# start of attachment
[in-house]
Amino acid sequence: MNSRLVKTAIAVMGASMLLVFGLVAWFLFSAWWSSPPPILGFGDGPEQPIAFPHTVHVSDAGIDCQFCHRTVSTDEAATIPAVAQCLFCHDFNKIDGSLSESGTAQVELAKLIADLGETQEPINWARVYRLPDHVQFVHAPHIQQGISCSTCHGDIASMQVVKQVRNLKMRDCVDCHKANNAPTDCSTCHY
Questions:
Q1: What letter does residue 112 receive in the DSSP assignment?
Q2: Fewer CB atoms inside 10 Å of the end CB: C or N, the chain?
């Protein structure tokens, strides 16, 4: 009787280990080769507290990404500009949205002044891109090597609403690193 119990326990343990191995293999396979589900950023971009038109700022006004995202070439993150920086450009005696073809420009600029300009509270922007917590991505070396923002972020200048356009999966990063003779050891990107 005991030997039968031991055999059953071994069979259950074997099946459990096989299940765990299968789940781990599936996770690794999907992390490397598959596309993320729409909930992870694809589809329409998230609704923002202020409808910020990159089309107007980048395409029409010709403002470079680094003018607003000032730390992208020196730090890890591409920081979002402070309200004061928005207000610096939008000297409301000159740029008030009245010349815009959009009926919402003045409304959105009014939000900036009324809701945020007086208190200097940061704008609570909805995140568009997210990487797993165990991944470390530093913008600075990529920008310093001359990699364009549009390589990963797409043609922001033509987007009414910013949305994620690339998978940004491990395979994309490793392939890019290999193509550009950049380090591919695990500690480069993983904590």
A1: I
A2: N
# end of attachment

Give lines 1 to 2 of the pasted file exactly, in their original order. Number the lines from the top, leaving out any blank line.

[in-house]
Amino acid sequence: MNSRLVKTAIAVMGASMLLVFGLVAWFLFSAWWSSPPPILGFGDGPEQPIAFPHTVHVSDAGIDCQFCHRTVSTDEAATIPAVAQCLFCHDFNKIDGSLSESGTAQVELAKLIADLGETQEPINWARVYRLPDHVQFVHAPHIQQGISCSTCHGDIASMQVVKQVRNLKMRDCVDCHKANNAPTDCSTCHY